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Germany stresses 'co-operative' climate foreign policy

25 Jan 2022 16:46 GMT
Germany stresses 'co-operative' climate foreign policy

Berlin, 25 January (Argus) — Germany will emphasise in its G7 presidency the need for co-operation between countries and regions to tackle climate change, including acceptance of "heterogeneity" between countries and the climate policy instruments they choose, Germany's G7 government "Sherpa", Joerg Kukies, said this week.

"We cannot expect everyone to immediately embrace explicit carbon pricing mechanisms," Kukies told delegates at an online conference hosted by think-tanks on the occasion of Germany's G7 presidency. And it is "extremely" important that "we find a level playing field, how we can make those instruments comparable with each other", he said.

The German government's "biggest fear" is that instead of a co-operative solution — in which "ideally" as many countries and regions of the world as possible agree on standards and norms, pricing, regulation and incentives — the "unco-operative" alternative prevails, "where we all impose barriers to trade and tariffs on each other as a function of carbon emissions", Kukies said.

Asked whether Germany views the G7 as a kind of avant garde for a climate club or envisages a wider group of countries, Kukies said the processes must go hand in hand. While he believes that there is an opportunity now to sign an agreement within the G7, it would be "inefficient" to focus only on this group, he said.

Kukies pointed out the importance of connecting this year's G7 process with the G20 process under Indonesia's presidency. Kukies said he is in touch with his G20 counterpart and that there is a "common spirit" between the G7 priorities and those of the Indonesian presidency with its focus on global health architecture, sustainable energy transition and digital transformation.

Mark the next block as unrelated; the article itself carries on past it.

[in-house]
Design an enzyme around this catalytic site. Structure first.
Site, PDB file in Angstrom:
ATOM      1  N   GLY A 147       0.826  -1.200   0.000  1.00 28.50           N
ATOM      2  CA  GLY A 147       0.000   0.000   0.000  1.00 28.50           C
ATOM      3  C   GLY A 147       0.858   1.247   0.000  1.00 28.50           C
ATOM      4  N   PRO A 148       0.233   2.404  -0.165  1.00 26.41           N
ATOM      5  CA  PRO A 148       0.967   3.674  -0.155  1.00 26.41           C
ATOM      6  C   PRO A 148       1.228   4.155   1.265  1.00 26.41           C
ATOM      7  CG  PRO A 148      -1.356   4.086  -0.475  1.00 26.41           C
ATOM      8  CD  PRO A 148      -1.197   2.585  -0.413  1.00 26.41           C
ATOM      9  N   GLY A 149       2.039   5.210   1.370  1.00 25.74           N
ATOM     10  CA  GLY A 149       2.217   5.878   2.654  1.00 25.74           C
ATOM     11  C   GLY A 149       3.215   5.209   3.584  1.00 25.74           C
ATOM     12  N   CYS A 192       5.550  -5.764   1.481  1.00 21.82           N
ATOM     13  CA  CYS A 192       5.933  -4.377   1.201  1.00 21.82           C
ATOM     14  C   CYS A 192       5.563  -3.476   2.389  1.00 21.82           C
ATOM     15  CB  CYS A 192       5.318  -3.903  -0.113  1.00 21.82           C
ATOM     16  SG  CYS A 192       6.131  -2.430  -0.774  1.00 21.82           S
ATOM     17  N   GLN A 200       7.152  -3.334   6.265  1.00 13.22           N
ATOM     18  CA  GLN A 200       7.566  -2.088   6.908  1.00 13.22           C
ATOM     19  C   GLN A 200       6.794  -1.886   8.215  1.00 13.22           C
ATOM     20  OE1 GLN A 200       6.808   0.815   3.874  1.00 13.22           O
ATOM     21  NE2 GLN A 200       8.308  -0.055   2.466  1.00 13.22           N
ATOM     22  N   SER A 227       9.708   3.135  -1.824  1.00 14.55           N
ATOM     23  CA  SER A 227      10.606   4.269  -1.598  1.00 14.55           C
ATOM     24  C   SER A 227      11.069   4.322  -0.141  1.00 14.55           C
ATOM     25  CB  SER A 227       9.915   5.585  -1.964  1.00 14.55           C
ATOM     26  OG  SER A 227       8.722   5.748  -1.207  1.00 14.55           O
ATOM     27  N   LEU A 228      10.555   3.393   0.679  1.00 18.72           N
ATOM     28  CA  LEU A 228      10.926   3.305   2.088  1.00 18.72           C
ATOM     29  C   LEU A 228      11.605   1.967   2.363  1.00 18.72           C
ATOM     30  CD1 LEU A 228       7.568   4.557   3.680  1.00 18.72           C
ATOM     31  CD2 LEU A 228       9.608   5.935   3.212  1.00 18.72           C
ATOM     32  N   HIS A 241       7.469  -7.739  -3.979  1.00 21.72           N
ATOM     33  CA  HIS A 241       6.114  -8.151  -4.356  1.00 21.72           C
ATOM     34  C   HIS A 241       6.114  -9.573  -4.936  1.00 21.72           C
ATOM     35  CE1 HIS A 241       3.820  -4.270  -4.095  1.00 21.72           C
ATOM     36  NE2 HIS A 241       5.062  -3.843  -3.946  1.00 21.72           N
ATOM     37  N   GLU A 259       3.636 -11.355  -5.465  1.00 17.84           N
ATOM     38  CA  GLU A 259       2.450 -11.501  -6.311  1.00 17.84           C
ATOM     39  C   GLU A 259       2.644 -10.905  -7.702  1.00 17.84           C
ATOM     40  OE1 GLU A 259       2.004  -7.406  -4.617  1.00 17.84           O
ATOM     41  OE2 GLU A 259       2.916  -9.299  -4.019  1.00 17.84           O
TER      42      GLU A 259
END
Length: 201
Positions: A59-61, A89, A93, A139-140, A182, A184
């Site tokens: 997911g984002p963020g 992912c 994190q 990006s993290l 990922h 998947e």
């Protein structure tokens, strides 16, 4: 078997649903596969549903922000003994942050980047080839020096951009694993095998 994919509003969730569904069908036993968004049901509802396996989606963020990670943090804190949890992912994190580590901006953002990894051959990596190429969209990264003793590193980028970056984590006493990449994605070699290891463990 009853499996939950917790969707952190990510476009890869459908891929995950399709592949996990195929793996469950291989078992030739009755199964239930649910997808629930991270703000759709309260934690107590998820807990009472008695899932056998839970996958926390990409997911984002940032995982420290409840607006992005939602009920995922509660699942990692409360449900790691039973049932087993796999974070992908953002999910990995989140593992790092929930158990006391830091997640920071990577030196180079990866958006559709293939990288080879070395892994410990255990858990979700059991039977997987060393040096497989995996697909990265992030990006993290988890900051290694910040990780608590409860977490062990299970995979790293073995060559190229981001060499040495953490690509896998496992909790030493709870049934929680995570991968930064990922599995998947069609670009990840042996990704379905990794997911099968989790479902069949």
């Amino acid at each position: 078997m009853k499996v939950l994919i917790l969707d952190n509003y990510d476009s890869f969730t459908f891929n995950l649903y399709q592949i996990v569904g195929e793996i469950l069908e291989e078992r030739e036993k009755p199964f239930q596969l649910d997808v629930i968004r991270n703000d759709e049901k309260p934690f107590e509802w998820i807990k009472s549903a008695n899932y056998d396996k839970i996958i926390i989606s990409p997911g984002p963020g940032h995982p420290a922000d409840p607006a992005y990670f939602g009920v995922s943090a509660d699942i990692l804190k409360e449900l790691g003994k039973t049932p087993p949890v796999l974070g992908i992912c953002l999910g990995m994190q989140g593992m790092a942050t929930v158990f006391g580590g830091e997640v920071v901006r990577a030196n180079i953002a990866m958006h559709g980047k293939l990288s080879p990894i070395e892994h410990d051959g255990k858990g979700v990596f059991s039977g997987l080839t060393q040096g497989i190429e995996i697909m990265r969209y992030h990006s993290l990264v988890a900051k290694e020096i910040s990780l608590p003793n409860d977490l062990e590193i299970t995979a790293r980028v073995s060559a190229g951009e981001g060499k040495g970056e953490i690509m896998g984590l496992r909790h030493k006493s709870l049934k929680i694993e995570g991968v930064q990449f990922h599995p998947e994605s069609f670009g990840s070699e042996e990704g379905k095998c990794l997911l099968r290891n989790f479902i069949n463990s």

The UN Cop 26 climate conference in Glasgow last year showed some "very encouraging elements of co-operation", Kukies said. It is "no secret" that some of the G7 countries have been among the most active in forging the deal to support South Africa's coal phase-out.

Kukies pointed to German chancellor Olaf Scholz's speech at Davos last week in which he championed the creation of a "climate club", bringing together large economies pushing for more ambitious climate action. "We want the element of non-exclusivity to be key for the climate club," Kukies said.

Forming a climate club is about a "paradigm shift in international climate policy", Kukies said, adding that "we don't want to wait for the slowest but lead by example".

Kukies reiterated the need stressed by the German government on 21 January to open up the G7 process to civil society to "avoid thinking in terms of foregone conclusions". Continued research, for instance, will be needed to find the most efficient way of using the planet's resources or making industry-related investment decisions. Germany, with its strong industrial base and limited renewables capacity, will become a "client of the world, so to speak", Kukies said.

Germany's government last week presented its G7 programme, which puts climate policy and multilateralism at the forefront.

The findings of a recent study suggest the most promising way for global warming to be limited to 1.5°C above pre-industrial levels is if international relations undergo a "systemic shift" towards global co-operation. The study, commissioned by climate policy think-tank E3G, was carried out by the German KAS foundation, which is close to Germany's opposition right-of-centre CDU party.

One climate policy priority, according to the KAS study, should be to further develop sector agreements in which some progress has already been made, such as in resolved trade disputes. The joint agreement on steel and aluminium tariffs signed by the US and EU in October 2021 could be used as the basis for a "clean steel deal". The US and EU delegates in their joint statement pledged that they "intend to negotiate for the first time, a global arrangement to address carbon intensity and global overcapacity".

Reaching a global clean steel deal would be more feasible in a global co-operation scenario, according to the report. But the EU and US could move forward even without crucial players such as China and India, provided they take active measures to contain the geopolitical fallout, the authors said.